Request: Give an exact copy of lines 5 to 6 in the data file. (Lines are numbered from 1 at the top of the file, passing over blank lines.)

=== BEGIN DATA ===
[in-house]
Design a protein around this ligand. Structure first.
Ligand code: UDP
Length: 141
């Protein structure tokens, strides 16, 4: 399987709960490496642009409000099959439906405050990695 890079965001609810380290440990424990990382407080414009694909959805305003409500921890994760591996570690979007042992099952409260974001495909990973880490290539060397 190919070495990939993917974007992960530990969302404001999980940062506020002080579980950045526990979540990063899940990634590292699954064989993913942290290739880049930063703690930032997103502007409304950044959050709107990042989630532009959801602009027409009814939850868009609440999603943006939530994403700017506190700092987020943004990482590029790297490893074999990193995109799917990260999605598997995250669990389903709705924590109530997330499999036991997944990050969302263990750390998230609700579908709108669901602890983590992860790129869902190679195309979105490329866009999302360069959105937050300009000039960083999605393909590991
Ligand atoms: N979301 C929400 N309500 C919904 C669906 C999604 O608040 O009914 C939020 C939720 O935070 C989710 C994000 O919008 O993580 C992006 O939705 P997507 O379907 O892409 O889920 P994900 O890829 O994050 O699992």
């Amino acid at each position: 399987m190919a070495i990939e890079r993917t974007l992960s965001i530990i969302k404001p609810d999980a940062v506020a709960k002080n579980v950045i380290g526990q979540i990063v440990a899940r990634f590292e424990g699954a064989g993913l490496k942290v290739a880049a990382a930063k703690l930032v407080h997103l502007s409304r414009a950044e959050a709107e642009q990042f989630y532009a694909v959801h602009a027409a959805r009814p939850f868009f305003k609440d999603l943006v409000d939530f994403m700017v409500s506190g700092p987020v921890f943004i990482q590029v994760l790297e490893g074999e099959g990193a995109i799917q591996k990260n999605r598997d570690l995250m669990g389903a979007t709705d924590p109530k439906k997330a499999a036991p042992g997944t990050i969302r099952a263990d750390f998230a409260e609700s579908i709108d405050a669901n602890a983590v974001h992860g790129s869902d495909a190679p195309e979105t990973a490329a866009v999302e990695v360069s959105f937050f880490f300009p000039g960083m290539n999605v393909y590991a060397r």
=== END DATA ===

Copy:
């Protein structure tokens, strides 16, 4: 399987709960490496642009409000099959439906405050990695 890079965001609810380290440990424990990382407080414009694909959805305003409500921890994760591996570690979007042992099952409260974001495909990973880490290539060397 190919070495990939993917974007992960530990969302404001999980940062506020002080579980950045526990979540990063899940990634590292699954064989993913942290290739880049930063703690930032997103502007409304950044959050709107990042989630532009959801602009027409009814939850868009609440999603943006939530994403700017506190700092987020943004990482590029790297490893074999990193995109799917990260999605598997995250669990389903709705924590109530997330499999036991997944990050969302263990750390998230609700579908709108669901602890983590992860790129869902190679195309979105490329866009999302360069959105937050300009000039960083999605393909590991
Ligand atoms: N979301 C929400 N309500 C919904 C669906 C999604 O608040 O009914 C939020 C939720 O935070 C989710 C994000 O919008 O993580 C992006 O939705 P997507 O379907 O892409 O889920 P994900 O890829 O994050 O699992």